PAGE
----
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Adam proves transport and logistics is full of opportunity

Training and skills case study

Adam Katsoutas was still in year 12 when he took a summer job working for Kreskas Brothers Transport in Shepparton. He had no idea how much this decision would change the course of his life. 

“I started off as a pallet wrapper on the forklift,” Adam recalls. “The team taught me how to unload and reload trucks and I just grew from there.”

Within 18 months, Adam found himself managing the warehouse where he worked. He later transitioned to a fleet controller role on the transport side, followed by another stint as transport manager. 

Adam Katsoutas case study

Now leading the entire business as the general manager, Adam oversees 80 staff, 40 prime movers and 200 pieces of equipment across four sites. 

“I was fortunate that the company likes to hire internally, but there’s really been a lot of opportunity in this industry,” he says. 

Originally set on going to university to study commerce, Adam was surprised at how much he enjoyed working in transport and logistics. 

With the demand for jobs in the industry growing, he hopes more young people will consider how much the career pathway has to offer

“The average age of a transport operator across the board is nearing the 47-year-old mark and rising,” he explains.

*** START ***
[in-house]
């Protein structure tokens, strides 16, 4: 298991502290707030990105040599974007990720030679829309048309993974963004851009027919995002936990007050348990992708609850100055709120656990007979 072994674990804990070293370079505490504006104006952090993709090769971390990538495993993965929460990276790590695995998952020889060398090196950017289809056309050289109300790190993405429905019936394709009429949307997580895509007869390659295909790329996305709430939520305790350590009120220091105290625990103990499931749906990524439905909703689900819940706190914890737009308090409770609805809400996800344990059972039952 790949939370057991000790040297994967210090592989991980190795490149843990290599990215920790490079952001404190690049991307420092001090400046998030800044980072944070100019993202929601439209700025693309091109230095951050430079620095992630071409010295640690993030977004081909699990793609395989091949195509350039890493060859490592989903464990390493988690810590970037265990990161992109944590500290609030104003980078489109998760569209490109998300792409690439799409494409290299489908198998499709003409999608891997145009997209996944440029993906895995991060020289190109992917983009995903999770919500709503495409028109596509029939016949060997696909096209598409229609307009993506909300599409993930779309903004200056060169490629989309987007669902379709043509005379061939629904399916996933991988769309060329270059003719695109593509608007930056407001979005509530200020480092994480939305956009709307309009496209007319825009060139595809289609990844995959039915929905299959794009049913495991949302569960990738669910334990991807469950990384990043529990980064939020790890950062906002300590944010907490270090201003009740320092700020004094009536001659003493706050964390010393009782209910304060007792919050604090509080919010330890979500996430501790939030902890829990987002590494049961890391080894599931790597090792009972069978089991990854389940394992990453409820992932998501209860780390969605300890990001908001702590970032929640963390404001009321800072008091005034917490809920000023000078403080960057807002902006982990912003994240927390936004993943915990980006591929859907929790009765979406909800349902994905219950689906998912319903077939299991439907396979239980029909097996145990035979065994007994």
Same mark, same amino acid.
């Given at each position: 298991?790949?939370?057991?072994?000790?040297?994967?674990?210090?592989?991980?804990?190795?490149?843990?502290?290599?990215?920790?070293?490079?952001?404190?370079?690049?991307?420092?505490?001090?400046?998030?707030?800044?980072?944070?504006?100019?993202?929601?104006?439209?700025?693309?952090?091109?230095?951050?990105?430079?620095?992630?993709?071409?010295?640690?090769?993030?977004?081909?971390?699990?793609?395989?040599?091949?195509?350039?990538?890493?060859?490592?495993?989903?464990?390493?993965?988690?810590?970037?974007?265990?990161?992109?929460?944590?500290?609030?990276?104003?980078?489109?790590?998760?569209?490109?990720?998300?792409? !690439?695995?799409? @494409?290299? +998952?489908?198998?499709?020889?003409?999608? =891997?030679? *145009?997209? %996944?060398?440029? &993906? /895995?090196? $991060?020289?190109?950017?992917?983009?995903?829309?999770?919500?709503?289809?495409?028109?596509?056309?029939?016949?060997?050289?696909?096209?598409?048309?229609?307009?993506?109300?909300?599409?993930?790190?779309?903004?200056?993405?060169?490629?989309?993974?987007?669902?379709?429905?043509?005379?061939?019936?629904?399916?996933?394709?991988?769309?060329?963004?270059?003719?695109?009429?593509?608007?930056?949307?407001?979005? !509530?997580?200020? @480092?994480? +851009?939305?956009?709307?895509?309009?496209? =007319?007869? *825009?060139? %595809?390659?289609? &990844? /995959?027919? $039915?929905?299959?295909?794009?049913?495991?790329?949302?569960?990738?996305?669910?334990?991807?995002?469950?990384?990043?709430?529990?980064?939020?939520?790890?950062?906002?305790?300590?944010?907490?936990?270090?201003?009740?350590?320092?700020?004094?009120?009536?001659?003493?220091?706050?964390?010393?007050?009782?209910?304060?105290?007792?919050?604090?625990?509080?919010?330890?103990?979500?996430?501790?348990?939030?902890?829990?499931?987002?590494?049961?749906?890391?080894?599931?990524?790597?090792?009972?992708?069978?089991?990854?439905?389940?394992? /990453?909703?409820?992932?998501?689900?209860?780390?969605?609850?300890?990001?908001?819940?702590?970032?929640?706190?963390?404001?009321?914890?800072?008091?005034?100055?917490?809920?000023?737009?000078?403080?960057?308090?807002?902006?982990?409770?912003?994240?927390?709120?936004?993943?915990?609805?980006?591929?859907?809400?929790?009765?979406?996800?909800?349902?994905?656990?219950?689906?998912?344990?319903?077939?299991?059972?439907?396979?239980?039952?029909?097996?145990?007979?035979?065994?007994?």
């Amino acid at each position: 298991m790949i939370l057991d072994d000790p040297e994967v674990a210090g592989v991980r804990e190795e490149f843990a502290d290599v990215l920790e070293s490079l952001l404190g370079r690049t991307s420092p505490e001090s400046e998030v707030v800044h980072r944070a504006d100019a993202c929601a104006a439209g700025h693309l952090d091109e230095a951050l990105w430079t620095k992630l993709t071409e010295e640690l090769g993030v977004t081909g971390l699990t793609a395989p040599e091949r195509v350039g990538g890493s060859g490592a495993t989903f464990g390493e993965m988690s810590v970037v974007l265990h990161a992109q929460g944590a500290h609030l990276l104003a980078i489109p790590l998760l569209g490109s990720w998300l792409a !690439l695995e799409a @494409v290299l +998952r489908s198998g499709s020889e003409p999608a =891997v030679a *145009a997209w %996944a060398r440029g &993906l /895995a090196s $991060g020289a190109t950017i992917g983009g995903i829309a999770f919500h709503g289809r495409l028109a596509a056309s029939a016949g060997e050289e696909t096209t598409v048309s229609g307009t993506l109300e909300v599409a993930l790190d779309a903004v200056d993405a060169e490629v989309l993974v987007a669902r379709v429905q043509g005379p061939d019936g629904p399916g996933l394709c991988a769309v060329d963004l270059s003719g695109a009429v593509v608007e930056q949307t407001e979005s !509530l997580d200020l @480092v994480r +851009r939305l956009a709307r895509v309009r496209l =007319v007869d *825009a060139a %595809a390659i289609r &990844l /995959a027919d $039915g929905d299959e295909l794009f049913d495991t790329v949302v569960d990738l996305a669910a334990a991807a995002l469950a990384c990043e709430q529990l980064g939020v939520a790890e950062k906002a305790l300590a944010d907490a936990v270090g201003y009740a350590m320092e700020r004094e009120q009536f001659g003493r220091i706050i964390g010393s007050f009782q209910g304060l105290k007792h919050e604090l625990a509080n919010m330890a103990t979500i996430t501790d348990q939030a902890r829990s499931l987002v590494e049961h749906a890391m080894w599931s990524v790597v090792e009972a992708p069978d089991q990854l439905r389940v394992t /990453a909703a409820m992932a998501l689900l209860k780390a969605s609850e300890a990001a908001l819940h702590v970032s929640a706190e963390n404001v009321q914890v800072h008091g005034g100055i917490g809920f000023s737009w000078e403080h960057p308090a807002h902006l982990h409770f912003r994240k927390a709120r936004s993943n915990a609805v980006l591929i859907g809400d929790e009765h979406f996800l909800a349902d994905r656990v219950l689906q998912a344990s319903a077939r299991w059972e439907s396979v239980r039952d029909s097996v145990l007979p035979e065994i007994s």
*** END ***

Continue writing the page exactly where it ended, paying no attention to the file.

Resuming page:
“It’s imperative that we foster and harvest young talent that comes into the industry so that we can become sustainable long term.”  

Adam Katsoutas case study

While there’s no shortage of jobs, Adam says there can be misconceptions that hold people back from looking into the work. 

“I know when a lot of people think of the transport logistics area, they think of blokes, blue singlets and trucks,” he says. “But that’s just one demographic of our company.” 

“We’ve got super intelligent women across the organisation, and young people moving into business management roles. There’s so much variety.”

For newcomers who want to hit the ground running, he suggests looking into entry-level roles to get some experience under their belt. 

Short TAFE courses are available for specific skills like getting a forklift licence or operating a machine hoist. Longer certificates like business and accounting can offer launchpads into other areas of the industry.

“My pathway was less than conventional but I always recommend just starting. You never know where it might lead.”